Society got very excited about the invention of the car. From the 1950s onwards especially, governments around the world began huge road-building projects, bulldozing swathes of cities for huge multi-lane dual carriageways. This frenzy has subsided, and it’s largely clear how this ideological expansion reformed our cities for the worse.
Highways are a crucial part of a nation’s infrastructure. Turnpikes—privately-funded and toll-financed roads—were, alongside the private waterways network, a key part of the earliest stages of England’s industrialisation. Their high tolls—the rents earned by those who built them—were incentives for the creation and rapid expansion of the world’s first, and for a long time the greatest, railway network. So much for natural monopolies: price competition was so vigorous that Mancunian workers and industrialists (and eventually the city corporation) funded a canal that made the city, 40 miles inland, the world’s third biggest port.
But it’s all too easy to go from thinking something is beneficial in particular contexts to thinking we should expand it indefinitely, even outside of that context. In post-war Britain, infrastructure investment was not driven by the profit motive—it was driven by a conviction that cars were the future. Birmingham is, of course, an especially prominent UK example of this. But it happened almost everywhere, and London was only just saved. The US midwest provides even more extreme examples. Of course, the more heavily roads and parking were subsidised, the more rapidly transit declined.
An insightful short newsletter, which I saw online like a blog post, applies this insight to broadband.
Our rampant enthusiasm for involving computers in everything reminded me of the last century’s most important technological revolution, the automobile, which turned out differently than it began. Like computers today, cars were once so novel and promising that we “did the things that let us use cars” rather than the inverse.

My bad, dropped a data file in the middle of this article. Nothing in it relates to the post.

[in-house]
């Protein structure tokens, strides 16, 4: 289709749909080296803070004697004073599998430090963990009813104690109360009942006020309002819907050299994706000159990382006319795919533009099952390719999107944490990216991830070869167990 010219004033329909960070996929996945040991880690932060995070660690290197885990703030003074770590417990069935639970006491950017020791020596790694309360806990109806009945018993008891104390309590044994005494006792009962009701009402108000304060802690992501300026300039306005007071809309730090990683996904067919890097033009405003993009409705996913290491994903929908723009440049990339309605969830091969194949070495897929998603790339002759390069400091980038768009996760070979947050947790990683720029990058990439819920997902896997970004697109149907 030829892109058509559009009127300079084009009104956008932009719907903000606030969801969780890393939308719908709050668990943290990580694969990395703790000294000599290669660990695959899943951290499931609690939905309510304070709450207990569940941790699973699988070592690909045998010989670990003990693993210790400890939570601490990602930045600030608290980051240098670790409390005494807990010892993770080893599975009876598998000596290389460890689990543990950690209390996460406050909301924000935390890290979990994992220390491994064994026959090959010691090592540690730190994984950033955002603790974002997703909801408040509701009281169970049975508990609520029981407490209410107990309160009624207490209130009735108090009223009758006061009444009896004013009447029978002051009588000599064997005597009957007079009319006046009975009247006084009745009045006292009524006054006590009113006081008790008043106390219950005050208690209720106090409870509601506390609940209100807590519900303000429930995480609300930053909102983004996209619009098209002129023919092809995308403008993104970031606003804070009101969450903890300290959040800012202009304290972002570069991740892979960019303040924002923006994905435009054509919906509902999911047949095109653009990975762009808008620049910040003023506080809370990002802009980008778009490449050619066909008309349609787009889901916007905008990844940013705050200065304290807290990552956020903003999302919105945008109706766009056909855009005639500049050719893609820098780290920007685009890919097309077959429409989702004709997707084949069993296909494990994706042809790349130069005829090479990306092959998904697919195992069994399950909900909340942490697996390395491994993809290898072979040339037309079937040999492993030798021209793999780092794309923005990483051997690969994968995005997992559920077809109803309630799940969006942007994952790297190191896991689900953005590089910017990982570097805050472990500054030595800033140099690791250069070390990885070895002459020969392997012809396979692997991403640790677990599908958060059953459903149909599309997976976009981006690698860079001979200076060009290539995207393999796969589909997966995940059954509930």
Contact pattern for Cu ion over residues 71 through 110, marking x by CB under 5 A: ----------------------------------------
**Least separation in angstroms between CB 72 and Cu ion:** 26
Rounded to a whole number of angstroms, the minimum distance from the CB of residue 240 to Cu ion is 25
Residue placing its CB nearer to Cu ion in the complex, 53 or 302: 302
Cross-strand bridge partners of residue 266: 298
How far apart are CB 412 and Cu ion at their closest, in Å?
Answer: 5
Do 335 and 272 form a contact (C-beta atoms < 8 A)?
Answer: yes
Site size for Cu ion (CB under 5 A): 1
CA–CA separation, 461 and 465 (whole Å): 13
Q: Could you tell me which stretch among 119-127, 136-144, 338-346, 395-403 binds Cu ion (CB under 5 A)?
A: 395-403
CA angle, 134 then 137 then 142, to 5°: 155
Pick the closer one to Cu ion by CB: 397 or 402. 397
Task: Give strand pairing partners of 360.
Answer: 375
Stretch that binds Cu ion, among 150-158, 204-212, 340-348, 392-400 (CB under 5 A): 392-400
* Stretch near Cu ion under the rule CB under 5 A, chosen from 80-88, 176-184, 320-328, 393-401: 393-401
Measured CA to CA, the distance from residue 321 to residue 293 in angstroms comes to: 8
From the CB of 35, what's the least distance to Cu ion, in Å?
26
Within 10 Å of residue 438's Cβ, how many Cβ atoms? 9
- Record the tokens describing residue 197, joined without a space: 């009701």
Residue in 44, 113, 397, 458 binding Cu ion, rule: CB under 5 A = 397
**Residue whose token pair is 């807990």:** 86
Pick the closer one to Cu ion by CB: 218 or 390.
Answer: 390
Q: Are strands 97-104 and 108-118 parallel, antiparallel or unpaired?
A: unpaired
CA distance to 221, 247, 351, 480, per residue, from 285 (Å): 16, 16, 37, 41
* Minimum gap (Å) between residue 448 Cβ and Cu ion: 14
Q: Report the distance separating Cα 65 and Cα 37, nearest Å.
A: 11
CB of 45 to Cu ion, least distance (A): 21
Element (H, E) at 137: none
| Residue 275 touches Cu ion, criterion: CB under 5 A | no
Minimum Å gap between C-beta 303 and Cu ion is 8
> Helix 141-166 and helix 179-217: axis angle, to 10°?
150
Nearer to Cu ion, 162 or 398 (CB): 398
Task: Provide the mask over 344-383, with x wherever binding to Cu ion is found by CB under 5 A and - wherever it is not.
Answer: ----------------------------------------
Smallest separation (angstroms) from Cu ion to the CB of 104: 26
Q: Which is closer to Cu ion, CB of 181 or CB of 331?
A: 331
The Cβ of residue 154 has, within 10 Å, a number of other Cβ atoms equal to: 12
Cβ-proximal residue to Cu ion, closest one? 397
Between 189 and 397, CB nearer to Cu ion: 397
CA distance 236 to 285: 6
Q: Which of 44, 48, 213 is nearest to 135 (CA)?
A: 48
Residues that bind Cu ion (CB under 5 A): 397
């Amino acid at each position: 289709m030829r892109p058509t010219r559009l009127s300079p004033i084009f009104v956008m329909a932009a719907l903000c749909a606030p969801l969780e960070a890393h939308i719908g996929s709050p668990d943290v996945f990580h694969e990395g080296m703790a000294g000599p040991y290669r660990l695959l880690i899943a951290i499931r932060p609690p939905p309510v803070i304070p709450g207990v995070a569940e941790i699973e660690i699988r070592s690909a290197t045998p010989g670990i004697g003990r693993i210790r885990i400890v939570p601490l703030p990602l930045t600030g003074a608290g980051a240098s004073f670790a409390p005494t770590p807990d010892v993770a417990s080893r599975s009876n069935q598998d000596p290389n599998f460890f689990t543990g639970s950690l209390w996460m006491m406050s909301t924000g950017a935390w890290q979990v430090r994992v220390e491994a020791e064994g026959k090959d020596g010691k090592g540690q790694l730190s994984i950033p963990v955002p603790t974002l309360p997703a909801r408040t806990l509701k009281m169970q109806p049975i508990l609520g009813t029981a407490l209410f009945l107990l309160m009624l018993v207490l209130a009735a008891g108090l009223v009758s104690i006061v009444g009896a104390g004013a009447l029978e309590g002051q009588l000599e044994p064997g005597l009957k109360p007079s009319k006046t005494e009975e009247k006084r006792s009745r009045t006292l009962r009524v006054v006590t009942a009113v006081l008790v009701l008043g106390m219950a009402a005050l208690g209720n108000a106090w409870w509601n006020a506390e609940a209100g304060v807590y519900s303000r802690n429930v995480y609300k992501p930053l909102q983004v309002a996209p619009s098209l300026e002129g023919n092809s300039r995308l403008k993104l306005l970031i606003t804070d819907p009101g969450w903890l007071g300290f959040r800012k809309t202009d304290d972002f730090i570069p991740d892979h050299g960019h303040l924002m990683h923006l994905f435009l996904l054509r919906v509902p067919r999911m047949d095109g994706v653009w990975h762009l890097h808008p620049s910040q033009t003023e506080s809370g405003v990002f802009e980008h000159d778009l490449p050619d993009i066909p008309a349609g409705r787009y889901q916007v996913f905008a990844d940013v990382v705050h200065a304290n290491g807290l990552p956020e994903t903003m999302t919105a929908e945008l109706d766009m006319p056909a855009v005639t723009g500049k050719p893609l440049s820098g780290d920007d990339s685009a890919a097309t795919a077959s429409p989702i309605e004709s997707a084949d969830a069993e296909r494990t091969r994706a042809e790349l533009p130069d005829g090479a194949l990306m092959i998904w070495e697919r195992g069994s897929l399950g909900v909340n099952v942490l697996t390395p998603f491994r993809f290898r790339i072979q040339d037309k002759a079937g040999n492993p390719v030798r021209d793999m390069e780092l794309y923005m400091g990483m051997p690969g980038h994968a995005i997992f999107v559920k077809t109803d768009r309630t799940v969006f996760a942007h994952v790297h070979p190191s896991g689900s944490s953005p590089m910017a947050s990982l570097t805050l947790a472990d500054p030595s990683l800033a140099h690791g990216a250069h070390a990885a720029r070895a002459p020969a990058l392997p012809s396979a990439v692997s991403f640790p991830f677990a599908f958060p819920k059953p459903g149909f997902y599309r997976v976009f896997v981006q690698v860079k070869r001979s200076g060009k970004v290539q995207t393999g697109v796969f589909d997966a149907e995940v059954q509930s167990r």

That honeymoon period lasted long enough (and for some it hasn’t ended yet) to entirely and permanently remake the infrastructure of cities, the most familiar example being the wave of support that enabled Robert Moses to slice New York apart with expressways. By the time the car’s real problems became visible—traffic, pollution, physical danger, and social atomization—it was too late to reverse its complete dominance. Most of the rebuilding was already done.
Right now, we’re building a digital infrastructure that rivals the physical one we built for cars, just as fast and with equally uncritical enthusiasm. If freeways prioritized cars at the expense of people, this prioritizes bits similarly, no less because we’ve all begged for it. Of course, it’s still too early to say what the internet version of gridlock and global warming will turn out to be once its saturation of society is complete.
In the eyes of this author, it’s Zuckerberg and Jobs we should be worrying about, but I’m not sure. See, like private road, rail, and waterways, Facebook and Apple have automatic feedback mechanisms that help guard against both overexuberance and underexploitation: profit. Yes, private firms make crazy decisions, but when they do they get wound down, automatically. They only stay alive, assuming a decent institutional framework, when they satisfy preferences. Uber’s venture capitalist investors can only subsidise riders while they have money in the bank. Historically we can see that government-funded boondoggles have not faced this discipline.
So I’m sceptical about the clarion calls I hear absolutely everywhere that we should spend billions of pounds, or hundreds of billions around the world, building broadband because the internet is the “technology of the future”. It probably is, but unless we have incredibly solid evidence that broadband has large net positive externalities, then we should let it roll out privately; when people are willing to pay how much it costs society to build. Real technologies of the future fund themselves.